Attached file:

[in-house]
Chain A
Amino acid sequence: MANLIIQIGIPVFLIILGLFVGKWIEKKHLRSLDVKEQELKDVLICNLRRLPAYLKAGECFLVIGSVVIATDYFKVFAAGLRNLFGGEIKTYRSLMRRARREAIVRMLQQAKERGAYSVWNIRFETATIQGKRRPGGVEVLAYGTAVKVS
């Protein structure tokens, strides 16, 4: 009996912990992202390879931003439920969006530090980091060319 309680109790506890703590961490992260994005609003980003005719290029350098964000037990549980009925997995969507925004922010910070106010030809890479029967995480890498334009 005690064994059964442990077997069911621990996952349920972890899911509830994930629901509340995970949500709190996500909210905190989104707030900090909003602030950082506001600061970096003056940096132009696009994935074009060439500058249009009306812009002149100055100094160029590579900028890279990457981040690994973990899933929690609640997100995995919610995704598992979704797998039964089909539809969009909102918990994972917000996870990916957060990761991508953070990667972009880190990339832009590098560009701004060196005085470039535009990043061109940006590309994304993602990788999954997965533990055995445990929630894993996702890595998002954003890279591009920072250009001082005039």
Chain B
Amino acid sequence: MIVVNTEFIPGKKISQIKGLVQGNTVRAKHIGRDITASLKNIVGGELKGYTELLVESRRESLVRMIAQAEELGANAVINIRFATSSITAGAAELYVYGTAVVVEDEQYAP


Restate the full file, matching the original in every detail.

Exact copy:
[in-house]
Chain A
Amino acid sequence: MANLIIQIGIPVFLIILGLFVGKWIEKKHLRSLDVKEQELKDVLICNLRRLPAYLKAGECFLVIGSVVIATDYFKVFAAGLRNLFGGEIKTYRSLMRRARREAIVRMLQQAKERGAYSVWNIRFETATIQGKRRPGGVEVLAYGTAVKVS
């Protein structure tokens, strides 16, 4: 009996912990992202390879931003439920969006530090980091060319 309680109790506890703590961490992260994005609003980003005719290029350098964000037990549980009925997995969507925004922010910070106010030809890479029967995480890498334009 005690064994059964442990077997069911621990996952349920972890899911509830994930629901509340995970949500709190996500909210905190989104707030900090909003602030950082506001600061970096003056940096132009696009994935074009060439500058249009009306812009002149100055100094160029590579900028890279990457981040690994973990899933929690609640997100995995919610995704598992979704797998039964089909539809969009909102918990994972917000996870990916957060990761991508953070990667972009880190990339832009590098560009701004060196005085470039535009990043061109940006590309994304993602990788999954997965533990055995445990929630894993996702890595998002954003890279591009920072250009001082005039």
Chain B
Amino acid sequence: MIVVNTEFIPGKKISQIKGLVQGNTVRAKHIGRDITASLKNIVGGELKGYTELLVESRRESLVRMIAQAEELGANAVINIRFATSSITAGAAELYVYGTAVVVEDEQYAP